Sir Christopher Lee, whose death on Sunday at the age of 93 was announced today, was an actor who used the modern art of cinema to evoke ancient feelings. Standing at six foot five and with a voice like chilled silver, Lee was a druid capable of inspiring deep terror, a conjuror whose skills belonged just as much to the bards of some long forgotten land as they did to the studios of Hammer.
At the beginning of his career, Lee, who had already served in Intelligence and the Special Forces during World War II, struggled to make his height work for him. He was so tall that he was told to remain seated during his first film appearance, as a nightclub customer in 1948's Corridor of Mirrors. But by the time he got his break in Terence Fisher's 1957 horror film, The Curse of Frankenstein, in which he played the monster, and Hammer's Dracula (1958), in which he played the vampire himself, Lee had turned his height into an asset. Dracula was, of course, one of his most famous parts, and the English actor's looming, darkening presence made the film a critical and commercial success. "Lee's Count is piercingly rapt, a fierce carnal evil burning behind his flashing eyes," Jeremy Dyson wrote in the Guardian on the film's reissue.
The series made Lee famous, but it got worse and worse at is went on. In Dracula: Prince of Darkness (1966) he doesn't say a word as the Count. This was because he'd read the script and thought it was a pile of shit. "The lines were literally unsayable, they were not Bram Stoker," he later said. Born in 1922 in Belgravia, the epitome of posh London, the floridly named Christopher Frank Carandini Lee was the son of an English army officer and an Italian aristocrat. What is often not said about Lee's portrayal of Dracula is that, away from the operatic terror he brings to the part, there is a great deal of finely tuned pathos in his performance.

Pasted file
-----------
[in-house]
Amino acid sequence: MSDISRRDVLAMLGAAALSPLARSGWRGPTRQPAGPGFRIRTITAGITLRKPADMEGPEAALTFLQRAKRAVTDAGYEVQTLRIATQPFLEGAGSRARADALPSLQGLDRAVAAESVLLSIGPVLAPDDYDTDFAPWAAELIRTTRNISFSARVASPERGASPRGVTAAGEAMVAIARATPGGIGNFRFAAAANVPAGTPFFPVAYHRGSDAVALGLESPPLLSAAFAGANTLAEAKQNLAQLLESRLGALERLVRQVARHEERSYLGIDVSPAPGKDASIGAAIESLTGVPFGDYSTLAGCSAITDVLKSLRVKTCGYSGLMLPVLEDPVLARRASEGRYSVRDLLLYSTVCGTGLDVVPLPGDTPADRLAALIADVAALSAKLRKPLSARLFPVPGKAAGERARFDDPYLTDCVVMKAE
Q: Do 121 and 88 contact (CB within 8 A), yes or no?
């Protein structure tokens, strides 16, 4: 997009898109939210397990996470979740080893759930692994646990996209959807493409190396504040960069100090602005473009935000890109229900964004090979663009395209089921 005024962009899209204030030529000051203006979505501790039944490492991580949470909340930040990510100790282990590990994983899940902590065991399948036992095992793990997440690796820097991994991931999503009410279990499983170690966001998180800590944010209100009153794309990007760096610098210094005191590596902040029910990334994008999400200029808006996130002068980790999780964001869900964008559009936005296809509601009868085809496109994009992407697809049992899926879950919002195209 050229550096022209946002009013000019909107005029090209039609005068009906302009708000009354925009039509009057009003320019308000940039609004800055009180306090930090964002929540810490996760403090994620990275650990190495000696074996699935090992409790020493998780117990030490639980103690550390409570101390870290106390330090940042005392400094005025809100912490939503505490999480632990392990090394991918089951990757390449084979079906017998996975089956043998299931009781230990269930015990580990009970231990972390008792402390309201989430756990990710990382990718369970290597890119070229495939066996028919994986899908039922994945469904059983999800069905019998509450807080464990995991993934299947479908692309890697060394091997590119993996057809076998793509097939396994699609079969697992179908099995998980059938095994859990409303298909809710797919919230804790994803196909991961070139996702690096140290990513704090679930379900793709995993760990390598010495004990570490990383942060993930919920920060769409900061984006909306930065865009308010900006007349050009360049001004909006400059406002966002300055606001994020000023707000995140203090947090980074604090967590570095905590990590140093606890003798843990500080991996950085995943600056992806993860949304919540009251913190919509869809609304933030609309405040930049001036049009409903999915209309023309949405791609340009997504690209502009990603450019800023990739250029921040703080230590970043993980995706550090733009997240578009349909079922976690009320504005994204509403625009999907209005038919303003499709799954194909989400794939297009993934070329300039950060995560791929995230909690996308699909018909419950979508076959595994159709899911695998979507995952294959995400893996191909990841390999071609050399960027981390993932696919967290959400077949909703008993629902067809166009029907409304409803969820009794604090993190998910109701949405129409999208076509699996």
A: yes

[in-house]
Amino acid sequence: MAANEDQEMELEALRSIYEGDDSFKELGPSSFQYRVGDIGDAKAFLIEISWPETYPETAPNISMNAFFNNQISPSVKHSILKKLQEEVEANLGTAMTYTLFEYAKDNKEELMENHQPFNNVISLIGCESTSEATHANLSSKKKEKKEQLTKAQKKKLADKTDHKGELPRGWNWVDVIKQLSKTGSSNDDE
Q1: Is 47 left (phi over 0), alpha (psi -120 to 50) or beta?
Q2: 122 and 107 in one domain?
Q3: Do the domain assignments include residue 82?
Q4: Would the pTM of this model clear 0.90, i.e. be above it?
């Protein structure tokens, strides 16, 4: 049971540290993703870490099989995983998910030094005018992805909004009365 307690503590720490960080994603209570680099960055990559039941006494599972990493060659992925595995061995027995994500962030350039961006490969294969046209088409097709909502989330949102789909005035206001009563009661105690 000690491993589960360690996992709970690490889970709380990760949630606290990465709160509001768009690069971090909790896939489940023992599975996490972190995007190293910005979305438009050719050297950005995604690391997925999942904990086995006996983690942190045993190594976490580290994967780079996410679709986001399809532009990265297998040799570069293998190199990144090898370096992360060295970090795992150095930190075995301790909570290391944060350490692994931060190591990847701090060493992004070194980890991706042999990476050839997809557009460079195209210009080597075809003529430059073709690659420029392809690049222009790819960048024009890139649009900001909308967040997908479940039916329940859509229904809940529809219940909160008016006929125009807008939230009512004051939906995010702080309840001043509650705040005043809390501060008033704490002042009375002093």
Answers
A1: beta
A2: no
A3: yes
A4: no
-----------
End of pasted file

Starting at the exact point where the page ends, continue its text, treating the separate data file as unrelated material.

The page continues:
Dracula is lonely and cut off from the world. Lee understood this. He identified with Dracula, he said, because the Transylvanian count was, like him, an embarrassment to an aristocratic family. Educated at Eton and Wellington, Lee said that, even then, he was "tall, dark, and gruesome." Even when he received his BAFTA Fellowship in 2011, the sense of Lee as the improbably tall patrician standing just to the side of the world was present. Emotionally introduced by Tim Burton, who directed Lee and was in awe of him, the whole hall rose to acclaim a master of the craft. Lee was generous in his speech. He knew that actors are nothing without each other: "My fellow thespians, many of whom are involved in this," he said, pointing at his award. And yet, standing tall and stately on the stage, he was ethereal and otherworldly, a man possessed with attributes others don't have.